Two moment closure methods that were suggested previously will be of a particular interest. The PARNES method [14,15] is based on the assumption that pair effects dominate the dynamics. The method has been generalized into the XARNES method [17] so that higher order correlation effects can be included in the description. In fact, various choices for X result in a series of methods, e.g. X = P (pair effects), T (triplets), Q (quadruples), etc. Thus the PARNES method is the special case of the XARNES method with X = P. Both methods are based on the rather generic formalism of correlation forms which is used in statistical physics to model spatially extended many body effects. Each correlation form describes a particular correlation effect (single, pair, triple, and so forth). Correlation forms are used to perform a cluster like expansion of relevant quantities of interest. In the previous studies, the original correlation form formalism [18,19] used to model spatially extended diffusion controlled reactions has been adapted for describing well mixed reaction volumes.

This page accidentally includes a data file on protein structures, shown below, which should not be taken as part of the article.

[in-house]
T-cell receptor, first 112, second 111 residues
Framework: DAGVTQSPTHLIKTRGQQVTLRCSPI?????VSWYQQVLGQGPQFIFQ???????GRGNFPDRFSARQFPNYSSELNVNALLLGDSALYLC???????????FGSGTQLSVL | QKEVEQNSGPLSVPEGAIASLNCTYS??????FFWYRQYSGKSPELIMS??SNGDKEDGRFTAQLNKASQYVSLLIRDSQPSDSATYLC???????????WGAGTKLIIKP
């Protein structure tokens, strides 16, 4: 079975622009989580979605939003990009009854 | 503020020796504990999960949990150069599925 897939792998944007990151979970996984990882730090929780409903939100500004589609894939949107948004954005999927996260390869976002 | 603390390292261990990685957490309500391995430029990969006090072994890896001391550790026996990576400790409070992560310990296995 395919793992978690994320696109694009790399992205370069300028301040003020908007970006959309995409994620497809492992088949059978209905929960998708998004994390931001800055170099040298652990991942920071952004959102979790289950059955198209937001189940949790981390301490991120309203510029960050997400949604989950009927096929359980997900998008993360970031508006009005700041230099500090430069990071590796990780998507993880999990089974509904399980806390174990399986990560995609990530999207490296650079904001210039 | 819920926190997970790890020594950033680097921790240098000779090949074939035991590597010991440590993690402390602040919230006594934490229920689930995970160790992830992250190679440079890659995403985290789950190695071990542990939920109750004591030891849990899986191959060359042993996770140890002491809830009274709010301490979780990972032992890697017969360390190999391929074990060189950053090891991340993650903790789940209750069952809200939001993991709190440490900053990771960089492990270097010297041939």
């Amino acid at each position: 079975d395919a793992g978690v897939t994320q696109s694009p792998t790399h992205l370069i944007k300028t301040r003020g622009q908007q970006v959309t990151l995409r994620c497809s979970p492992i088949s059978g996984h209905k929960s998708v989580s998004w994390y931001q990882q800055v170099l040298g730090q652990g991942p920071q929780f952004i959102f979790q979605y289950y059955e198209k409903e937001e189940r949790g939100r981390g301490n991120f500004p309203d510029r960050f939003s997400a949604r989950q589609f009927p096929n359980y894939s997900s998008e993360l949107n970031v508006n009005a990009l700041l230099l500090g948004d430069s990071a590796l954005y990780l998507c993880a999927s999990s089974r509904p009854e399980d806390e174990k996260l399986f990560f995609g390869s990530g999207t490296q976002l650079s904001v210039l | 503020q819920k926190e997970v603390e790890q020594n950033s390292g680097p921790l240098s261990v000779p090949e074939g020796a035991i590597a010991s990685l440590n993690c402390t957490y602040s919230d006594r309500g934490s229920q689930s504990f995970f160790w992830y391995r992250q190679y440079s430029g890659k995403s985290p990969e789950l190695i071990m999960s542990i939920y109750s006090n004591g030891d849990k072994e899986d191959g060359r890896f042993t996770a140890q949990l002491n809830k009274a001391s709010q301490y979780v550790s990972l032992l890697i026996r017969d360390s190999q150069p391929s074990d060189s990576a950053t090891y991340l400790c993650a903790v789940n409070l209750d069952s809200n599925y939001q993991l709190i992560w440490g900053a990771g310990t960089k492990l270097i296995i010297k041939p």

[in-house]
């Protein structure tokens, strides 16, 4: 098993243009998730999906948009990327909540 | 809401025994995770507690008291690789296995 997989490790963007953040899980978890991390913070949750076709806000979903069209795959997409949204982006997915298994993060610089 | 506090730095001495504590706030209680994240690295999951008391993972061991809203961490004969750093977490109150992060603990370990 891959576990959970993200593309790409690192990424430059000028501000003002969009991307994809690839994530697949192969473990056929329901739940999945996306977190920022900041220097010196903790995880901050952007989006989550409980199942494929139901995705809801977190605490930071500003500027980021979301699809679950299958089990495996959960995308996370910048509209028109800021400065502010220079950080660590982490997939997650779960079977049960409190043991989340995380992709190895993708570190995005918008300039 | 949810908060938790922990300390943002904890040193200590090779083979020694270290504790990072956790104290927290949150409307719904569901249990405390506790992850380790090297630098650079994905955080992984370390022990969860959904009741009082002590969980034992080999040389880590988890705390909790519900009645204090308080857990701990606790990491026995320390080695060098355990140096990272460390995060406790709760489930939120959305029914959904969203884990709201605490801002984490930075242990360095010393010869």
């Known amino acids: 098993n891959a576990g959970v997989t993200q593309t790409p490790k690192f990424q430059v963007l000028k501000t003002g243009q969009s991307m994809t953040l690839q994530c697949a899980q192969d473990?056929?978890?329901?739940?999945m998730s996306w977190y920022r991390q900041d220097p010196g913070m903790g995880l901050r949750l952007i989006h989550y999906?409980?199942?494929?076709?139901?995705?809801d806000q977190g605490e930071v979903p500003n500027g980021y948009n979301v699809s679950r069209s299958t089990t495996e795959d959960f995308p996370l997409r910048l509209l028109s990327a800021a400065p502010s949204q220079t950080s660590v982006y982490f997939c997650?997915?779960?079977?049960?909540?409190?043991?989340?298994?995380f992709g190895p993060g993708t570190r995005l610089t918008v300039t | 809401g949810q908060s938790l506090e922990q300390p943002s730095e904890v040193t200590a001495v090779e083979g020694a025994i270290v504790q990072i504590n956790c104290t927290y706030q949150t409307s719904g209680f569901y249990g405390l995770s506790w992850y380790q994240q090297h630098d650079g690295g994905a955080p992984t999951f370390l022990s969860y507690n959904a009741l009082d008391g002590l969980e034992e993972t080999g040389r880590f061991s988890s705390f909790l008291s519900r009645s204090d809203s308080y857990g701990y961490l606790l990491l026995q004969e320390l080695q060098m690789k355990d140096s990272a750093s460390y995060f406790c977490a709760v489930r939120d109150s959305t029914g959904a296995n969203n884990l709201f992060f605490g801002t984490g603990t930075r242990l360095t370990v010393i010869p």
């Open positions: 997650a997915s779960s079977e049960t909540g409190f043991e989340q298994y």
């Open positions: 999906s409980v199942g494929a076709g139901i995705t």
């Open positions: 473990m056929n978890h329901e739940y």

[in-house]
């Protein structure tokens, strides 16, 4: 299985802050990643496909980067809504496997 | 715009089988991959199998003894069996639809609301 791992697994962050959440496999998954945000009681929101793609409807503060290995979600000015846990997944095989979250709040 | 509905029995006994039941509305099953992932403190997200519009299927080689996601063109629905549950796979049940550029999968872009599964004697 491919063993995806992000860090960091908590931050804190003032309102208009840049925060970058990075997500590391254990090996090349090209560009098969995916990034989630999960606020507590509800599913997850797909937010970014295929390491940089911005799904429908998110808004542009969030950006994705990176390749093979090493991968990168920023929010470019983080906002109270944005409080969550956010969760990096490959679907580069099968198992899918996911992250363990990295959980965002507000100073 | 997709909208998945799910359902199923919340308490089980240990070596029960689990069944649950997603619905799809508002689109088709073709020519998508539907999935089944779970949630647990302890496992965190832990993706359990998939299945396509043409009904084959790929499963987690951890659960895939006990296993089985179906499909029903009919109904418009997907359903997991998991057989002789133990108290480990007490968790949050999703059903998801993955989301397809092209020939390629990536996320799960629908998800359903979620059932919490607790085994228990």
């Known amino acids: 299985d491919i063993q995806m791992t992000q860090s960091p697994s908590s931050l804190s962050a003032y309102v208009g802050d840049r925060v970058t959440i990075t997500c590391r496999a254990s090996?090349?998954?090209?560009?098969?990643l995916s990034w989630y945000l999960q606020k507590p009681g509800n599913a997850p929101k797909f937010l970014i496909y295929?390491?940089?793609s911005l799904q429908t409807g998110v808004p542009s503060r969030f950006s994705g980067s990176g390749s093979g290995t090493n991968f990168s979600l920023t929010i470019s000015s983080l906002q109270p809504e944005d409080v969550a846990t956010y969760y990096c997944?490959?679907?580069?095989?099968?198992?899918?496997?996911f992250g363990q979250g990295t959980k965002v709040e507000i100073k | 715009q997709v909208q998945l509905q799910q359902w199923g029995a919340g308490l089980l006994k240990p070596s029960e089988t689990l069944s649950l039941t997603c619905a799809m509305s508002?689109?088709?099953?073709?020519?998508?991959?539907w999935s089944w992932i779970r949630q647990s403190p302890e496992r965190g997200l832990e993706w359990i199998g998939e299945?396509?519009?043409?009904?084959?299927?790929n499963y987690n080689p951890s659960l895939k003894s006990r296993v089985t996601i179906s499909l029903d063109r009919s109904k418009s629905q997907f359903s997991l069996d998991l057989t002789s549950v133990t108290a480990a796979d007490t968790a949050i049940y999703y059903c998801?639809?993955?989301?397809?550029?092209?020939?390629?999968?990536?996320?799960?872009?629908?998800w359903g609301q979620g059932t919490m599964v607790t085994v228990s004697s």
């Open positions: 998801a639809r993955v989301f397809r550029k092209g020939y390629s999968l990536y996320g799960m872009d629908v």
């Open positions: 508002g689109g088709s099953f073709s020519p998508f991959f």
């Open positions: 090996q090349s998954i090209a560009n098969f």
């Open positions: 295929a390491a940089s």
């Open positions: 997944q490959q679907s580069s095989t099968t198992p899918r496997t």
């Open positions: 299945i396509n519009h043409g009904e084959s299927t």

A moment closure method works well in the intended domain of application, but it might easily fail if used elsewhere. Thus for a moment closure method to be useful it is necessary to, if possible, specify precisely in which situations the method is expected to work well. In [17] it was argued that the XARNES method should describe well systems with a Poissonlike particle number distribution function. This was confirmed by numerical studies. In here, it will be shown rigorously that such behavior is generic to the method. Also, there are some ambiguities while adapting the correlation form formalism to the well mixed situation, and the procedure is not unique. The problem is that a large number of spatial degrees offreedom need to be projected onto a much small number of variables, and there are many ways how this can be done. In here, it will be shown that the choice made in the previous studies is in some sense optimal.